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US Task Force recommends free research and health care access to patented genes

18 October 2009
Appeared in BioNews 530

The US Secretary's Advisory Committee on Genetics, Health, and Society has accepted a new report from a dedicated Task Force, which recommends that scientists should be allowed to use any gene for research and patient treatment, even when it is patented.

In both the US and Europe, patents can only be awarded for inventions, not for discoveries. However, genetic testing procedures could be considered to be either of the two, leaving the floor open to more practical arguments. Advocates of gene patenting argue that patents stimulate research, investment and cooperation between industry and academia, but opponents fear that patents may limit patient access to genetic tests and prevent genetic discoveries from being further researched to their full potential.

The strong stance of the Task Force on Gene Patents and Licensing to limit the scope of gene patents comes as a surprise, as findings in the report - of which a draft version was made public in March - that lead to these conclusions seem mild. It states that patenting currently does not impede patient and clinical access to genetic tests and that it does not cause 'widespread overpricing' of these tests. On the other hand, the Task Force also found that there is no great necessity for the existence of gene patents, as they only form a minor stimulus rather than a major incentive in genetics research, and unpatented genetic findings are developed into tests as much as patented ones.

Representatives of the biotech industry fear that this undermining of the enforceability of gene patents would have grave consequences. 'Enacting these recommendations would risk thousands of jobs across the country by stifling university-industry partnerships and undermine the country's global leadership in biotech innovation', says Jim Greenwood, President of the Biotechnology Industry Organisation.

Patenting practices in the US have recently been challenged in court. A law suit was filed in May against the US Patent and Trademark Office and Myriad Genetics, the company holding the patent on the BRCA1 and BRCA2 genes, mutations in which cause susceptibility to breast and ovarian cancer. The case is ongoing. The European Patent Office revoked most of Myriad Genetics' patents on the BRCA1 and BRCA2 genes in 2004 and 2005.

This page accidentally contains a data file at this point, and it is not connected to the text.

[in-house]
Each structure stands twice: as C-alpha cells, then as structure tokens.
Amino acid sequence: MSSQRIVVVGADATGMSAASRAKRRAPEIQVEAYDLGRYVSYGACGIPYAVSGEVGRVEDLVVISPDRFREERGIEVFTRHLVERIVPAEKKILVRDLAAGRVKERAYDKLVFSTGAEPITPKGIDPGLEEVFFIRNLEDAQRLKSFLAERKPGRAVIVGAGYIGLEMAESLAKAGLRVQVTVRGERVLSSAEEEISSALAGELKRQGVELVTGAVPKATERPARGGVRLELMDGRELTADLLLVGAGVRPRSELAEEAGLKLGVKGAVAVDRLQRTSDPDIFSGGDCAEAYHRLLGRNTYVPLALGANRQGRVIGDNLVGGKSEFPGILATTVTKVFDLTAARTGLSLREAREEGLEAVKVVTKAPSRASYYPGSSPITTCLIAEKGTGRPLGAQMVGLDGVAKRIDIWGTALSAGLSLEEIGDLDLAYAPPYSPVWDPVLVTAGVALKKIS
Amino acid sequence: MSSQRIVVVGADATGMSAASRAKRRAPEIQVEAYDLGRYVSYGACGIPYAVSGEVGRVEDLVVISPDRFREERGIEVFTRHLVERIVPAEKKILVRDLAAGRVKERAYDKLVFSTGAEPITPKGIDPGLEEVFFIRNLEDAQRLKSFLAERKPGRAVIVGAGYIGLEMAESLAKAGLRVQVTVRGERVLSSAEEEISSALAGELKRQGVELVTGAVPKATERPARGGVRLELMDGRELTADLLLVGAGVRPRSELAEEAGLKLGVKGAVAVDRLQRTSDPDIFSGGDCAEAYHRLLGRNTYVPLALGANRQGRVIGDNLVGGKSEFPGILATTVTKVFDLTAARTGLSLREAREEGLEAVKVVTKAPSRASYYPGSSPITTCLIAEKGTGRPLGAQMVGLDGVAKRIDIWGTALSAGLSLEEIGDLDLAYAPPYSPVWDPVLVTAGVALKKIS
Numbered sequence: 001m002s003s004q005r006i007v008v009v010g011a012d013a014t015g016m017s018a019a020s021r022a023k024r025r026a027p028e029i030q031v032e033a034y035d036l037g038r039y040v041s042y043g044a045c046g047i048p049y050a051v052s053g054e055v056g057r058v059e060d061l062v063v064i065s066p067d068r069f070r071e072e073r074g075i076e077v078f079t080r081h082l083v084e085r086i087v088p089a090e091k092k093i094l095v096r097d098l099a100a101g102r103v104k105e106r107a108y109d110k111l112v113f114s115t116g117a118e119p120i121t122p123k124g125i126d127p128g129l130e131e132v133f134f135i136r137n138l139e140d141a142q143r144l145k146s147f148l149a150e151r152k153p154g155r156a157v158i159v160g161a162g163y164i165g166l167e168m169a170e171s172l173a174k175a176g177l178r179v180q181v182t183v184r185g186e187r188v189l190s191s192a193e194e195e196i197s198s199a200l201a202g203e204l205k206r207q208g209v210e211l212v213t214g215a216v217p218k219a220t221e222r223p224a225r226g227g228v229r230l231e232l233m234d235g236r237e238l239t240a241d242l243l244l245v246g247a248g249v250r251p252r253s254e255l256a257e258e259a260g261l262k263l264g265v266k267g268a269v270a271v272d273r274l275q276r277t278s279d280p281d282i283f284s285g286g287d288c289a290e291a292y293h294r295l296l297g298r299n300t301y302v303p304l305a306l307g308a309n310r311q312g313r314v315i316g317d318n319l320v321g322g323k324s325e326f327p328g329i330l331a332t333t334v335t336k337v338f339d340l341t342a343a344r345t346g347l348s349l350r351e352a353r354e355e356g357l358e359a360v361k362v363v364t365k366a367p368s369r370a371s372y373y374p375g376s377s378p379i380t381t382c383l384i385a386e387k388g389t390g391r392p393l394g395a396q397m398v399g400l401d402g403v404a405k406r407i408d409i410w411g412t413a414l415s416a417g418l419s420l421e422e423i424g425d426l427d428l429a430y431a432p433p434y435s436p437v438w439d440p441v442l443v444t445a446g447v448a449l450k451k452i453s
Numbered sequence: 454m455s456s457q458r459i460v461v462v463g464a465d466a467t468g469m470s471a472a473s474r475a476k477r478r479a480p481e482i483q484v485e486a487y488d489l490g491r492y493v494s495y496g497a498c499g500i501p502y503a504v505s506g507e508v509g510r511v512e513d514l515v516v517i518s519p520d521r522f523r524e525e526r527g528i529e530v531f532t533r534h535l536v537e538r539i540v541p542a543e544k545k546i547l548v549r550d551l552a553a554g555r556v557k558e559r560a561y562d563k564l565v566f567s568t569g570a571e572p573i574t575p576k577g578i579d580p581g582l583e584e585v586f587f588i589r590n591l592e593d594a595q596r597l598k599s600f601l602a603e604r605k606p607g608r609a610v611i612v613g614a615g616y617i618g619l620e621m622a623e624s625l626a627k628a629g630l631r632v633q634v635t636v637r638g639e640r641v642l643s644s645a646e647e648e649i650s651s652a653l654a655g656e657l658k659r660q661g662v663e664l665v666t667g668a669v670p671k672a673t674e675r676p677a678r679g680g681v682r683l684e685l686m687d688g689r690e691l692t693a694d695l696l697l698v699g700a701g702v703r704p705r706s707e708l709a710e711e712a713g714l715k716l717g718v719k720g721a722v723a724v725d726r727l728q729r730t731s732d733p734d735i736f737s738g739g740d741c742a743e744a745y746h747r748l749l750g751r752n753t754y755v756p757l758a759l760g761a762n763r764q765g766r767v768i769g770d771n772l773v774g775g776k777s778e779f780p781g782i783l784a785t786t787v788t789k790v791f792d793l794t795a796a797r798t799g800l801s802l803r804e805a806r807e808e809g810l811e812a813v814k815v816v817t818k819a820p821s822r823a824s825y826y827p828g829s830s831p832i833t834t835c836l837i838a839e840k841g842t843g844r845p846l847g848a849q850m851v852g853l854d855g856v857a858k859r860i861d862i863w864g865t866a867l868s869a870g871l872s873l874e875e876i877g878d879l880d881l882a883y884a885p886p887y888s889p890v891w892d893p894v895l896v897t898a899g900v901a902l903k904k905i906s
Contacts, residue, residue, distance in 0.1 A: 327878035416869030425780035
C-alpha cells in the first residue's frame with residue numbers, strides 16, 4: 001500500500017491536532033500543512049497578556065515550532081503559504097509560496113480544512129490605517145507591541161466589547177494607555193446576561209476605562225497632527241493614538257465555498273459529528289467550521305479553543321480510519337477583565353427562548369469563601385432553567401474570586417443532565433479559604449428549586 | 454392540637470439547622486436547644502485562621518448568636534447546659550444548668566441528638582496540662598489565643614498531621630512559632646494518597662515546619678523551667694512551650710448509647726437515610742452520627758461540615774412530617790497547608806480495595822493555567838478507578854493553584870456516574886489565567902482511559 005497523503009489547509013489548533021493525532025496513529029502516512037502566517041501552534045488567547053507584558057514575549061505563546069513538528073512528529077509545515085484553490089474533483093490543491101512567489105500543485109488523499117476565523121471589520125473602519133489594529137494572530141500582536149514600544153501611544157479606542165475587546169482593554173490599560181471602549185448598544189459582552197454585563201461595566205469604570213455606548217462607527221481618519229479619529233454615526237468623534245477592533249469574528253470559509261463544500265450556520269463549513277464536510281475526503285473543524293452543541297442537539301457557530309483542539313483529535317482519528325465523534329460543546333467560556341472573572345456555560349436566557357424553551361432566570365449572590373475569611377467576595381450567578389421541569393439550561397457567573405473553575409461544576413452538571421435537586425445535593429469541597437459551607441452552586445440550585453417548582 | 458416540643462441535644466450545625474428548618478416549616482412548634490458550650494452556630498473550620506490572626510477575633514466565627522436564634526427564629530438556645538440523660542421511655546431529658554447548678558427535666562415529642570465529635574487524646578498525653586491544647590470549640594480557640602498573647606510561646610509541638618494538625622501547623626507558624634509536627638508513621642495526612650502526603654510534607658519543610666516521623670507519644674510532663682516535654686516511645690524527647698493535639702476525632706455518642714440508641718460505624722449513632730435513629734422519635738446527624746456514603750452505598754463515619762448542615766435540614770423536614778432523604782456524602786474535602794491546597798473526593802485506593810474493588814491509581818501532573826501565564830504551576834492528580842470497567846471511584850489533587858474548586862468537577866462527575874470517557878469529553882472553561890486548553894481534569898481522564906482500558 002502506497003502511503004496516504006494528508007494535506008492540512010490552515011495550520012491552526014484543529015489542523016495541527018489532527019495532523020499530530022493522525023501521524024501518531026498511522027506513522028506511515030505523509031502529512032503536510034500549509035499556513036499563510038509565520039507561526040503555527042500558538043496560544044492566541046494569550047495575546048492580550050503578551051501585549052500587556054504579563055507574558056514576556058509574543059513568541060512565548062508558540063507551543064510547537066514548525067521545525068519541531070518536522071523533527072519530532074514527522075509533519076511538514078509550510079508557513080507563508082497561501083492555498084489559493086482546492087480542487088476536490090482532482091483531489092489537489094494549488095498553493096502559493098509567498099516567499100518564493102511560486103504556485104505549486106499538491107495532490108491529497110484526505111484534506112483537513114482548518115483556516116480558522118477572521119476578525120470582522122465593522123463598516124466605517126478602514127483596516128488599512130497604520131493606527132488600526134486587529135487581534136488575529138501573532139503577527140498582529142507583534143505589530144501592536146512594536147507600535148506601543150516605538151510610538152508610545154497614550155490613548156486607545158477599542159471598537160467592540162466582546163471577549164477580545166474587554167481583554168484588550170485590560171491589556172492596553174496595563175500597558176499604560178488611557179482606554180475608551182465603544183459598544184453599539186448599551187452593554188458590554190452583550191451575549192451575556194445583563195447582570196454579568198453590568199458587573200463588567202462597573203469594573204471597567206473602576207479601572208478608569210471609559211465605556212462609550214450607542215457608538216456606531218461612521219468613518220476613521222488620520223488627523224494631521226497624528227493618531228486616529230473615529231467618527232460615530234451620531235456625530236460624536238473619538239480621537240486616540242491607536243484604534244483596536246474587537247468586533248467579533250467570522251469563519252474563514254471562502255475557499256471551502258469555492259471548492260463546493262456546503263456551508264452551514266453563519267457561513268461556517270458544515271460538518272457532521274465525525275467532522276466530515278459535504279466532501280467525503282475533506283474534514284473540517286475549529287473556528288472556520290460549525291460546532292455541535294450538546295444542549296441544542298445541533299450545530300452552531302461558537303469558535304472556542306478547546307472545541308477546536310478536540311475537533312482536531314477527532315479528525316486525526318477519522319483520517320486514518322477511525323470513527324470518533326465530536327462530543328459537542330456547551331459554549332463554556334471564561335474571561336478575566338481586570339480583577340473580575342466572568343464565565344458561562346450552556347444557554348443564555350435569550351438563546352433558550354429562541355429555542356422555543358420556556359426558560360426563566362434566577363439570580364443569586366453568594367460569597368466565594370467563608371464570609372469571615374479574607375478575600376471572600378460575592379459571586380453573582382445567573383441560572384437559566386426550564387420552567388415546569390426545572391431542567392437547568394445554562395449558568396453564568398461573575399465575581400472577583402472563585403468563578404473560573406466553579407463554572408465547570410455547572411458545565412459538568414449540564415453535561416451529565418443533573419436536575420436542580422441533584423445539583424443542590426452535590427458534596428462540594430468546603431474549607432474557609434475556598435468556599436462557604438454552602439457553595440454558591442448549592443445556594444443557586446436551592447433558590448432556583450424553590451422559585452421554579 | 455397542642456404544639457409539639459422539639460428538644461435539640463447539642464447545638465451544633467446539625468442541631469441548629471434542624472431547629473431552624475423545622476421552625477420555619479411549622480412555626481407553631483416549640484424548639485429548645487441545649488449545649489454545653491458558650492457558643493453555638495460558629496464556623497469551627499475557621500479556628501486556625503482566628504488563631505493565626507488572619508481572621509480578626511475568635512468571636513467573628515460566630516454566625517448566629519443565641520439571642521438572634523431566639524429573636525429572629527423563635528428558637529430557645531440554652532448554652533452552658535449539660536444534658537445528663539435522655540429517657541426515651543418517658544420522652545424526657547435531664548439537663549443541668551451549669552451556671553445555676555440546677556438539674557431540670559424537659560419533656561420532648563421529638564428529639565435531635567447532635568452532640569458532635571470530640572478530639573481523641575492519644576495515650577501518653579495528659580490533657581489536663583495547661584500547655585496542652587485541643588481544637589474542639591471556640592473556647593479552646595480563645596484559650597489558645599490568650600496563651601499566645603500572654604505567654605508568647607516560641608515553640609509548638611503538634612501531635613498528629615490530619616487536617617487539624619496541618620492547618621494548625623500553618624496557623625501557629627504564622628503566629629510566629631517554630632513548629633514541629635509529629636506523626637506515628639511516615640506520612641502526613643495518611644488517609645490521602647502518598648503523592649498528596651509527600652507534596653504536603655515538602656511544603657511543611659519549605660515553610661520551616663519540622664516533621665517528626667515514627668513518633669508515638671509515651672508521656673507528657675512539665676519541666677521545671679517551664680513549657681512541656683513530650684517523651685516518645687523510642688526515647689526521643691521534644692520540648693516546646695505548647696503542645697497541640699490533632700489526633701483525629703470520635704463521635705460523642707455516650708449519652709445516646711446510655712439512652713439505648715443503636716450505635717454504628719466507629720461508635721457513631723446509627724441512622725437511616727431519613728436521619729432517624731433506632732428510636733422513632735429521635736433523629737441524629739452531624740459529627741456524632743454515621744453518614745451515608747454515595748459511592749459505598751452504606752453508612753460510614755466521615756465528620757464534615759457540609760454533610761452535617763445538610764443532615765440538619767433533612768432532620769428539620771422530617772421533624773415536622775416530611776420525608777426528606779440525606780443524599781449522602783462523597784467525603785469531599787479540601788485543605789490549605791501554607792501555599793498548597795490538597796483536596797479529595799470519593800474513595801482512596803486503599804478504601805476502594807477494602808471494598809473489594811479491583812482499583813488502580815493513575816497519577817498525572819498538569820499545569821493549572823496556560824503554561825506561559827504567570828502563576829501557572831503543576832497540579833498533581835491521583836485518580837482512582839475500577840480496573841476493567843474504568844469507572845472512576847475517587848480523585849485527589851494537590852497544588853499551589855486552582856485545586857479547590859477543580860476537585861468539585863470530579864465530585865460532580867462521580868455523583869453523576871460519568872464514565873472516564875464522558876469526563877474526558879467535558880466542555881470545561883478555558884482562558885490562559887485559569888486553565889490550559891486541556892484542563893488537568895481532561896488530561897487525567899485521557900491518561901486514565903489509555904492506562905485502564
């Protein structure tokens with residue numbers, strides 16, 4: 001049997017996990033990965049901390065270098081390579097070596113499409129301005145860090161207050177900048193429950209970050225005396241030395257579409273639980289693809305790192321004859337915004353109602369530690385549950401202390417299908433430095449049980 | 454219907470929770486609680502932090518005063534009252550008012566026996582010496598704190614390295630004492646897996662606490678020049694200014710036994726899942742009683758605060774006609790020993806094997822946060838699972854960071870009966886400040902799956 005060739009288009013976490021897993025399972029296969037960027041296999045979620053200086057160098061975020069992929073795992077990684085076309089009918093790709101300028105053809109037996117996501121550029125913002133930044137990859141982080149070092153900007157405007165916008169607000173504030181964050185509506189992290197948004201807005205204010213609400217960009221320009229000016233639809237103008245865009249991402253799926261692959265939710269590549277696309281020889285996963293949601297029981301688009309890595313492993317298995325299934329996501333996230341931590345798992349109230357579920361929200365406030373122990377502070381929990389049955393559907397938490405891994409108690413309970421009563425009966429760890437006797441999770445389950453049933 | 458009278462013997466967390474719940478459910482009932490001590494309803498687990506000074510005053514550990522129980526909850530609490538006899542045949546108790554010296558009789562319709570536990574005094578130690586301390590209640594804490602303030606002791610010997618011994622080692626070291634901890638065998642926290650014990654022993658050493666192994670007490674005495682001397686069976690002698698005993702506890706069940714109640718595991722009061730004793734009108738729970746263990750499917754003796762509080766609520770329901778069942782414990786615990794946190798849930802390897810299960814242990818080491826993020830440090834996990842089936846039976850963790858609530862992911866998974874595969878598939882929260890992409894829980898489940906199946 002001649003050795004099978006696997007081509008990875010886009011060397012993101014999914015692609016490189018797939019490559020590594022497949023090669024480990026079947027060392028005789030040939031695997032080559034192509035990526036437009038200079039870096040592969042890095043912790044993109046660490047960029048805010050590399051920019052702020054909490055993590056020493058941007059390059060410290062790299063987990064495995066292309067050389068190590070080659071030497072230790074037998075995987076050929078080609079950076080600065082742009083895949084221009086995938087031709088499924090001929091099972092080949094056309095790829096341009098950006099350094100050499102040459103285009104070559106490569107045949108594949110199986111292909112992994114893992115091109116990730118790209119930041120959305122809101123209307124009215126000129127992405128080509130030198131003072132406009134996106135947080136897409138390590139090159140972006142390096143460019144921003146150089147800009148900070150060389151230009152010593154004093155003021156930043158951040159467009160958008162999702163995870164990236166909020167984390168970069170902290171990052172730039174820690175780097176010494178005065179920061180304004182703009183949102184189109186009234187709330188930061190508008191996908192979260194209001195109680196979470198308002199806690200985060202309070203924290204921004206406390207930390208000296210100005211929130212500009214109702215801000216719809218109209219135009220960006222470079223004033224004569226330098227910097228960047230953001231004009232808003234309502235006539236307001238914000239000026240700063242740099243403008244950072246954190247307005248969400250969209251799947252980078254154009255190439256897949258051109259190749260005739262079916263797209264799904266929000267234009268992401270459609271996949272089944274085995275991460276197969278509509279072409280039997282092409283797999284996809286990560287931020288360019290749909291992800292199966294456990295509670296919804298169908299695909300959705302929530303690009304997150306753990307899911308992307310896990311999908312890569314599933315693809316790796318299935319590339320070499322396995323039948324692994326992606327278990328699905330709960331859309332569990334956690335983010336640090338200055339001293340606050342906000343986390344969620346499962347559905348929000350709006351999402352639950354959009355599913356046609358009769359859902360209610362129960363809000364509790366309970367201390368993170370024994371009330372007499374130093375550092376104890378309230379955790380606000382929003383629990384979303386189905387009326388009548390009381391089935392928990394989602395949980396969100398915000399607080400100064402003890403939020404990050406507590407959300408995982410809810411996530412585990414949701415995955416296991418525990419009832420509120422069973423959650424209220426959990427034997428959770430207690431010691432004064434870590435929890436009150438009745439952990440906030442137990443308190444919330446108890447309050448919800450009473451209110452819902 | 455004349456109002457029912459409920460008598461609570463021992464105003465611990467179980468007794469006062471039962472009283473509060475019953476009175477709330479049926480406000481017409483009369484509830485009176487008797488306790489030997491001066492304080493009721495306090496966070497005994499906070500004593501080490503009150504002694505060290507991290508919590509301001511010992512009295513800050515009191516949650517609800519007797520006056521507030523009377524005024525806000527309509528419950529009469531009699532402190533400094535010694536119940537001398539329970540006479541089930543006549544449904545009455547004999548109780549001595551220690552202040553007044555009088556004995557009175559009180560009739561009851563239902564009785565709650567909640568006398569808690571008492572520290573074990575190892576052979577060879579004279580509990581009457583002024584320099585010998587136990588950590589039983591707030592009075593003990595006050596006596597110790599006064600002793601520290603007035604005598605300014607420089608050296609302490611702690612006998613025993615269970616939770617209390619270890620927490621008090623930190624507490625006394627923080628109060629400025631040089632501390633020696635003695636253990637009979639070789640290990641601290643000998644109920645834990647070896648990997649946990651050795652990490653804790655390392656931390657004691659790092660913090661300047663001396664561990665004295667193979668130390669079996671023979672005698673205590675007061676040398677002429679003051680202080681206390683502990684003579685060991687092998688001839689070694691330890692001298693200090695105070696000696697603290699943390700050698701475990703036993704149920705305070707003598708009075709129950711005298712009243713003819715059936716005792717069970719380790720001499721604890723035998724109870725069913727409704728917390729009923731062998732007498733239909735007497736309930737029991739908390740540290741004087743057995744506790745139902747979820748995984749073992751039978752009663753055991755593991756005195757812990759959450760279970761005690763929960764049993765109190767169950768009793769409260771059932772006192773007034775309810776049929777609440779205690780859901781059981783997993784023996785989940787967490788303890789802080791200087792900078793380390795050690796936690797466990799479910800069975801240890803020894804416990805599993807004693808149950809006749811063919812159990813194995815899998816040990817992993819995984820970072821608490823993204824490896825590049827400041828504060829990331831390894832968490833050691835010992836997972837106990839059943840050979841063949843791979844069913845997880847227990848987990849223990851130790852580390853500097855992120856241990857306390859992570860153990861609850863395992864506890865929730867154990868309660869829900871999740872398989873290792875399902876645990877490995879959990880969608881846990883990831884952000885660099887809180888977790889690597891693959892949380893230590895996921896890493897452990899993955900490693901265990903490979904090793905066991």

BIO Highlights Serious Flaws in Recommendations of Draft Report on Gene Patents and Patient Access to Genetic Tests
Reuters |  9 October 2009
Recommendation to exempt US gene patents from infringement
PHG Foundation |  14 October 2009
SACGHS Current Meeting Information and Live Webcast Link
Office of Biotechnology Activities |  8 October 2009
Task Force Advises Making Gene Patents Exempt from Infringement
Genome Web |  8 October 2009
8 November 2009 - by Dr Marianne Kennedy 
A lawsuit challenging the patents relating to two genes linked to hereditary breast and ovarian cancer will proceed, a US federal judge ruled last week....
1 September 2009 - by Ailsa Stevens 
BioNews reporting from the British Society for Human Genetics annual conference in Warwick:...
10 August 2009 - by Antony Starza-Allen 
A Senate Committee in Australia is hearing arguments for and against gene patenting with a view to propose future law reforms in this area. Opponents of gene patents argue that it can restrict access to vital diagnostic techniques, such as breast cancer screening, which identify certain genes that indicate the presence of a disorder. On the other hand...
26 May 2009 - by Selene Kaye 
On 12 May, the American Civil Liberties Union (ACLU) and the Public Patent Foundation filed a lawsuit challenging the US government's practice of granting patents on human genes - specifically, the BRCA1 and BRCA2 genes, which are associated with breast and ovarian cancer. In the last 20 or so years the...
22 May 2009 - by Heidi Colleran 
A major lawsuit in the US is challenging the right of private companies to hold patents on genes involved in diseases, as well as their right to offer exclusive genetic tests. The American Civil Liberties Union (ALCU), the Public Patent Foundation (PPF), more than a dozen universities...
17 October 2005 - by Dr Sue Mayer 
It is in patenting gene sequences that the divide between research to address health needs and research for profit is most clear. The extent of US patents granted on human genes is revealed in the 10 October edition of the journal Science. According to Jensen and Murray of the Massachusetts...
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